And decide whether you are doing this to keep your brain ticking over or whether it's to prove some point I suppose - and if there's any element of the latter, then what point, to whom, why and actually does it really matter?

Finishes rambling.

hmc Wed 15-Jul-09 23:09:50

Thanks katisga - that helps. I think it is to prove some point to myself ..and I need to give myself a good shake. Fgs - why do I need to do that?

I am in a different place and family is more important. That's spot on

hmc Wed 15-Jul-09 23:14:22

katisha (blush]

Molesworth Wed 15-Jul-09 23:15:13

You don't need to get 85+ in every single assignment to get a first, but I realise that isn't the point.

Is it a case of rampant perfectionism?

I'm also doing an OU degree. A couple of years ago my perfectionism got so bad that I dropped the course I was doing. I got hung up on one assignment and just couldn't bring myself to submit it if it was less than 'perfect'.

I talked with one of my tutors about this, and he told me that in future I should just bloody well submit something rather than sabotage myself in this way. I started a new course and, sure enough, I got stuck again. I forced myself to submit my incomplete essay as it was, and I got a pass 3 for it. OK, it didn't feel good, but at the same time I was weirdly proud of myself for overcoming the perfectionism. It felt like more of an achievement than getting a distinction. The poor mark didn't make any difference to my final result in that course.

What I'm trying to say in a very rambling, roundabout way is that a few 'poor' marks (always remembering that one man's poor mark is another man's major achievement) really don't matter. Have a play with the qualification planner (via OU Student Home) and you'll see that you don't need to get distinctions in all your courses to get your first. If your problem is perfectionism, this probably won't ease the pressure in itself, but sod it, I'll mention it anyway.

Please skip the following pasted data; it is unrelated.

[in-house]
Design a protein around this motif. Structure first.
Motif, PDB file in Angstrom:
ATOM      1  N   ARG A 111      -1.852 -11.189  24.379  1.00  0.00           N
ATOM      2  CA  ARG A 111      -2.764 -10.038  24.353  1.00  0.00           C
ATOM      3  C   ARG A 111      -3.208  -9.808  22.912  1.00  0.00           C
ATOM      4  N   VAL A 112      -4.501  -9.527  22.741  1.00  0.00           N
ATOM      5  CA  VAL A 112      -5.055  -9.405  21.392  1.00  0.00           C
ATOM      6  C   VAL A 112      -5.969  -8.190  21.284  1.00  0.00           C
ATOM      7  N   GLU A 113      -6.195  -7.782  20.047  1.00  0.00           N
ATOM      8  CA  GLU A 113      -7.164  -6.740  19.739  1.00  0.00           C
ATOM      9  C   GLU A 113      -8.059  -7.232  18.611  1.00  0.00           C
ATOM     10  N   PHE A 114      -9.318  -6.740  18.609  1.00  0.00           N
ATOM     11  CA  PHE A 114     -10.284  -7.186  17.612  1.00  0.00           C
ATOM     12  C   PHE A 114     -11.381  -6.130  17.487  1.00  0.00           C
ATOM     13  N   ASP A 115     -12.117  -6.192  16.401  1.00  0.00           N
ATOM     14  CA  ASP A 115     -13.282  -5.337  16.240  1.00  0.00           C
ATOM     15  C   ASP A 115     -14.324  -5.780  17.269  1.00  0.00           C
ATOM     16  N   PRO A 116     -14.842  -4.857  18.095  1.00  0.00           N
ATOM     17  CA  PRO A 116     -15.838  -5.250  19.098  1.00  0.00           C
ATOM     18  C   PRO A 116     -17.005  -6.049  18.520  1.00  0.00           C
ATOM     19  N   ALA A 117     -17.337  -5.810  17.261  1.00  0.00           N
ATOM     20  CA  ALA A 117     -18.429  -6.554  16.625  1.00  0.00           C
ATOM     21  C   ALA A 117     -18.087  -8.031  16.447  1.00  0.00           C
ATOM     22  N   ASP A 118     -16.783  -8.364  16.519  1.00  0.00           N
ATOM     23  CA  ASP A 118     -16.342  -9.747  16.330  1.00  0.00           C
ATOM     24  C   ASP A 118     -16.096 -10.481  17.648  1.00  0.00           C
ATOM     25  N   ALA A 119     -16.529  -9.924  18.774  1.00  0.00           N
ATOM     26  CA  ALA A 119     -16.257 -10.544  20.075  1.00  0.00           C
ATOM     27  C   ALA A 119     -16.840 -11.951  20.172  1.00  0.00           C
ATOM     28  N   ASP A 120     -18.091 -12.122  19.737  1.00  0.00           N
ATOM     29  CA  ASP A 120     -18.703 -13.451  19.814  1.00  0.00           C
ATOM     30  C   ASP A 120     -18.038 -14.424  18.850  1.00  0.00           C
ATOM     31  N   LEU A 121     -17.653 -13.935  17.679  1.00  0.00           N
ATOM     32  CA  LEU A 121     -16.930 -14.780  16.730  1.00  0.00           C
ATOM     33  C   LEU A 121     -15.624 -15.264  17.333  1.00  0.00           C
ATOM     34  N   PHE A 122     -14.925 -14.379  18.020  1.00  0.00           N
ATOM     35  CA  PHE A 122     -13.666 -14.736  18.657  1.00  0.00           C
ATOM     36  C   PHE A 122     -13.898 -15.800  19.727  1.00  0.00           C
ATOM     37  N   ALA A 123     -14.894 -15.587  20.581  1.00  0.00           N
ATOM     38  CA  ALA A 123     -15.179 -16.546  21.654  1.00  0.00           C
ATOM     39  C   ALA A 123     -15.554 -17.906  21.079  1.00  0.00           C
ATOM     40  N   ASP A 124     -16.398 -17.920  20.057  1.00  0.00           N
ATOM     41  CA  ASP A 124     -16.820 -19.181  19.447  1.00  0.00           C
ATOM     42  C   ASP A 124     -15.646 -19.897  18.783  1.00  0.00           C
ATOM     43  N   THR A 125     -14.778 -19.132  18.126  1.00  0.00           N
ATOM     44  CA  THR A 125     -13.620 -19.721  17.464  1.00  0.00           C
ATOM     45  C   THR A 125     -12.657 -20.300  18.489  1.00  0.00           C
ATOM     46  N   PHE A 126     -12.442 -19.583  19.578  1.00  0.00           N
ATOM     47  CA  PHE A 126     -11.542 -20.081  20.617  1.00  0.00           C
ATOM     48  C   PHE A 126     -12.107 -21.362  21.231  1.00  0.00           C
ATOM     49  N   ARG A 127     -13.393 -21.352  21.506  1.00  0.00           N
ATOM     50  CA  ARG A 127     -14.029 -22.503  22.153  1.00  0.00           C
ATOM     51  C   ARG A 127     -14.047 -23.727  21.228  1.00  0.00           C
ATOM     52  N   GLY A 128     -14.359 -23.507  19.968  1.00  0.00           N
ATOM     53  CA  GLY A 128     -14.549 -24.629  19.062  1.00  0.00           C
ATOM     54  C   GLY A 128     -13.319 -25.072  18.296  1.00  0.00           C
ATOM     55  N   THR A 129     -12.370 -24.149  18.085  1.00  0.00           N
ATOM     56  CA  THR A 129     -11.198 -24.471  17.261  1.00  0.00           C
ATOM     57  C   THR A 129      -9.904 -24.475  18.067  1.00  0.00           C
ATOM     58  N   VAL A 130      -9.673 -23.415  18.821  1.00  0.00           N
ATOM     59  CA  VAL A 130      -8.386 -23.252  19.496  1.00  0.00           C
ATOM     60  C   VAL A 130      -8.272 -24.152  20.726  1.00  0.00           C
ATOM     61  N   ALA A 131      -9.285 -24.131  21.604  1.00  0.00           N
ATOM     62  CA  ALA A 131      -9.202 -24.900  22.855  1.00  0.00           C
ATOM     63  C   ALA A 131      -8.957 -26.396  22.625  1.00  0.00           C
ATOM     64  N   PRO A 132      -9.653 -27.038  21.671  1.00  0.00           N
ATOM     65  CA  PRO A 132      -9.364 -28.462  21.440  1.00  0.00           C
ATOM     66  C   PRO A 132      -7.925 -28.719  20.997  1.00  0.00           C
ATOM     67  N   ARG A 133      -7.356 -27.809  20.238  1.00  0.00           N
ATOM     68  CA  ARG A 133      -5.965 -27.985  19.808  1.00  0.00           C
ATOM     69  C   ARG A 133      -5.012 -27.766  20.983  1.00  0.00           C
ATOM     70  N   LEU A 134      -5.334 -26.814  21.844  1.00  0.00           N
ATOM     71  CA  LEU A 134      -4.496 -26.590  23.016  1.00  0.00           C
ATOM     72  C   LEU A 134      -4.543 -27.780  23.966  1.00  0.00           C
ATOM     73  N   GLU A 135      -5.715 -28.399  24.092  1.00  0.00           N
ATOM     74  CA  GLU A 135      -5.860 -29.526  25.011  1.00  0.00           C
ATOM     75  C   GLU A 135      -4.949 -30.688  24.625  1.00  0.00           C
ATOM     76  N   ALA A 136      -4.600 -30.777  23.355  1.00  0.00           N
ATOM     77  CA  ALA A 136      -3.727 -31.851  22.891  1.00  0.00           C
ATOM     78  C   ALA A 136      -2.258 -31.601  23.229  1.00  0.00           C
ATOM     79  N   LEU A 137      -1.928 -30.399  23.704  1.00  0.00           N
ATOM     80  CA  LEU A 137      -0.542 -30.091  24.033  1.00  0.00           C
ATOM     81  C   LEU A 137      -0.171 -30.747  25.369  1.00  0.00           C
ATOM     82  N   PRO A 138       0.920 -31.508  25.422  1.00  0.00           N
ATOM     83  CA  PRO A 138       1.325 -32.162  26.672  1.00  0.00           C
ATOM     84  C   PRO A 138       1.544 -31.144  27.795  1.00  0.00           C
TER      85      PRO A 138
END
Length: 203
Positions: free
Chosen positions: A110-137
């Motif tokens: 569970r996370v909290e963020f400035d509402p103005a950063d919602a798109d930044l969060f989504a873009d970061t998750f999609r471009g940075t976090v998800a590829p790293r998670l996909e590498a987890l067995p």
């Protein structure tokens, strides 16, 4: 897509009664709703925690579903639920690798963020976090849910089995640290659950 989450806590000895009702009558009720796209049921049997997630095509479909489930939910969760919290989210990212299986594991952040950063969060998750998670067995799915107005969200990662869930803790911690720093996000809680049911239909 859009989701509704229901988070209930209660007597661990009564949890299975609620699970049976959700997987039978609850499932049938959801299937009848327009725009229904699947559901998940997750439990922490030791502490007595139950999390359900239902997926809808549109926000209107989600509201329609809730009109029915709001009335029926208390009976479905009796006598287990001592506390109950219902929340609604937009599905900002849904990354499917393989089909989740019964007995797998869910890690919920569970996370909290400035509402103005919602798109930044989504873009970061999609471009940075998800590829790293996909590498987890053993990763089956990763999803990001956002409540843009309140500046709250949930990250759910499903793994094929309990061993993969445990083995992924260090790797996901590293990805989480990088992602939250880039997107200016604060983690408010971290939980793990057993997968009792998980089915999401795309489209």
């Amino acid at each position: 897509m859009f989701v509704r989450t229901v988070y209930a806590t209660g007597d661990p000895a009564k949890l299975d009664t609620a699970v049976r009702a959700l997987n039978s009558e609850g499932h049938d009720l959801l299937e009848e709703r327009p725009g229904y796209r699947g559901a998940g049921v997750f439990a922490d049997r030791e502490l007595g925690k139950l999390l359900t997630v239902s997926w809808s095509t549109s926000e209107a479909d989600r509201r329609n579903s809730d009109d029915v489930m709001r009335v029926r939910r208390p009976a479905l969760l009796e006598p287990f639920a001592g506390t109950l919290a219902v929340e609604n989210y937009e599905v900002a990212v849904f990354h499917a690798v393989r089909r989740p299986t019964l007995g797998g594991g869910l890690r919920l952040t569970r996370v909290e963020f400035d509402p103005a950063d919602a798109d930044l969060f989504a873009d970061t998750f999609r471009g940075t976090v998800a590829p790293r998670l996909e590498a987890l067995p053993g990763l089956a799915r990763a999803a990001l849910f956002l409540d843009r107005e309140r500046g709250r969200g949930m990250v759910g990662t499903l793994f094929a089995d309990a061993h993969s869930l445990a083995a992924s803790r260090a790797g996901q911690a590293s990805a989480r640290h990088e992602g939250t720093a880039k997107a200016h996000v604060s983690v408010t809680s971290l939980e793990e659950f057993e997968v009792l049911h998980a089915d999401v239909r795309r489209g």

There's nothing wrong with wanting to get a first, by the way grin

TheFallenMadonna Wed 15-Jul-09 23:17:43

Nah - I wanted one too! Also an OU degree, and also not my first degree.

Do remember that there is some wiggle room with the OU, despite what it says in the assessment booklet. I did five courses (all psychology, three level 2 and two level 3), and it was only in the last that I got over 85% for both TMAs and exam. Before that I'd been very close with my TMA average and comfortably over with the exam and was bumped up to a distinction overall. Hurrah!

I always told my fellow students that I wanted a 2:1. But it wasn't true.

hmc Wed 15-Jul-09 23:19:28

I do have a problem with perfectionism Molesworth - and it is a problem. I think perfectionists are predisposed to depression. Am genuinely fascinated by your experience in submitting a less than perfect assingment - I can see that it would be a release in some way